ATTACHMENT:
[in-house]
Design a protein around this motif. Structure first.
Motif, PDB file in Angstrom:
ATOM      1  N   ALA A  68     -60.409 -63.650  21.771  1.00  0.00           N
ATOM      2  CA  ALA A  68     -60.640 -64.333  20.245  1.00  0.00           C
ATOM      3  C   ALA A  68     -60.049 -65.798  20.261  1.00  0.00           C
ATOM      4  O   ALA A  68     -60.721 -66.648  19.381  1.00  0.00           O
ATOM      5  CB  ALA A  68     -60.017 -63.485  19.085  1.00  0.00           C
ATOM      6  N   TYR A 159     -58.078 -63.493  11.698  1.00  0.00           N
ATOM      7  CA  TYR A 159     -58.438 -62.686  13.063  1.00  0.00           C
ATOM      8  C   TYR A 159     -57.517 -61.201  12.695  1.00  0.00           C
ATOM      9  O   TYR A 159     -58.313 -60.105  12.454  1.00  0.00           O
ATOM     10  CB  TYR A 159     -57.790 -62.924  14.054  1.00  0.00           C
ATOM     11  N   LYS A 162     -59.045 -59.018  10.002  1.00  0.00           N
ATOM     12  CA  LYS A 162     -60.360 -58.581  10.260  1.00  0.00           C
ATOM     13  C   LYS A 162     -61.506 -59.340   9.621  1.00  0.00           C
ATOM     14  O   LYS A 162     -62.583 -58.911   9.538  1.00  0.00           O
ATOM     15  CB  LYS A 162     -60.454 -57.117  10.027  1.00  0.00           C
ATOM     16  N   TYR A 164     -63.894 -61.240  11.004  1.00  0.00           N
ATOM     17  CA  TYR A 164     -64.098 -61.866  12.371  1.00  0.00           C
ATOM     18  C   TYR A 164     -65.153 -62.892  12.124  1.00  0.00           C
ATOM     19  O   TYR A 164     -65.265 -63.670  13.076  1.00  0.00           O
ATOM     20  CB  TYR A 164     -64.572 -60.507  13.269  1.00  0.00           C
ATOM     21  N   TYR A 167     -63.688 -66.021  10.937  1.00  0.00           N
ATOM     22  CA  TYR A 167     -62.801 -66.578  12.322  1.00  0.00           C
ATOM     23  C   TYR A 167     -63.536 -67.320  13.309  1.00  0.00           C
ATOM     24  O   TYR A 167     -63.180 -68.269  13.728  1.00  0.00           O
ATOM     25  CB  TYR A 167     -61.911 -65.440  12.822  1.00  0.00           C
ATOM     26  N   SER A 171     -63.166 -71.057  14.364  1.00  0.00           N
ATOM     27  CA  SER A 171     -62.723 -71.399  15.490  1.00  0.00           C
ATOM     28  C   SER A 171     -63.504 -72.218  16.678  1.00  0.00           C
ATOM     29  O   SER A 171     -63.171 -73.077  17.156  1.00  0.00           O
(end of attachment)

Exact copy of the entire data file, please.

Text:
[in-house]
Design a protein around this motif. Structure first.
Motif, PDB file in Angstrom:
ATOM      1  N   ALA A  68     -60.409 -63.650  21.771  1.00  0.00           N
ATOM      2  CA  ALA A  68     -60.640 -64.333  20.245  1.00  0.00           C
ATOM      3  C   ALA A  68     -60.049 -65.798  20.261  1.00  0.00           C
ATOM      4  O   ALA A  68     -60.721 -66.648  19.381  1.00  0.00           O
ATOM      5  CB  ALA A  68     -60.017 -63.485  19.085  1.00  0.00           C
ATOM      6  N   TYR A 159     -58.078 -63.493  11.698  1.00  0.00           N
ATOM      7  CA  TYR A 159     -58.438 -62.686  13.063  1.00  0.00           C
ATOM      8  C   TYR A 159     -57.517 -61.201  12.695  1.00  0.00           C
ATOM      9  O   TYR A 159     -58.313 -60.105  12.454  1.00  0.00           O
ATOM     10  CB  TYR A 159     -57.790 -62.924  14.054  1.00  0.00           C
ATOM     11  N   LYS A 162     -59.045 -59.018  10.002  1.00  0.00           N
ATOM     12  CA  LYS A 162     -60.360 -58.581  10.260  1.00  0.00           C
ATOM     13  C   LYS A 162     -61.506 -59.340   9.621  1.00  0.00           C
ATOM     14  O   LYS A 162     -62.583 -58.911   9.538  1.00  0.00           O
ATOM     15  CB  LYS A 162     -60.454 -57.117  10.027  1.00  0.00           C
ATOM     16  N   TYR A 164     -63.894 -61.240  11.004  1.00  0.00           N
ATOM     17  CA  TYR A 164     -64.098 -61.866  12.371  1.00  0.00           C
ATOM     18  C   TYR A 164     -65.153 -62.892  12.124  1.00  0.00           C
ATOM     19  O   TYR A 164     -65.265 -63.670  13.076  1.00  0.00           O
ATOM     20  CB  TYR A 164     -64.572 -60.507  13.269  1.00  0.00           C
ATOM     21  N   TYR A 167     -63.688 -66.021  10.937  1.00  0.00           N
ATOM     22  CA  TYR A 167     -62.801 -66.578  12.322  1.00  0.00           C
ATOM     23  C   TYR A 167     -63.536 -67.320  13.309  1.00  0.00           C
ATOM     24  O   TYR A 167     -63.180 -68.269  13.728  1.00  0.00           O
ATOM     25  CB  TYR A 167     -61.911 -65.440  12.822  1.00  0.00           C
ATOM     26  N   SER A 171     -63.166 -71.057  14.364  1.00  0.00           N
ATOM     27  CA  SER A 171     -62.723 -71.399  15.490  1.00  0.00           C
ATOM     28  C   SER A 171     -63.504 -72.218  16.678  1.00  0.00           C
ATOM     29  O   SER A 171     -63.171 -73.077  17.156  1.00  0.00           O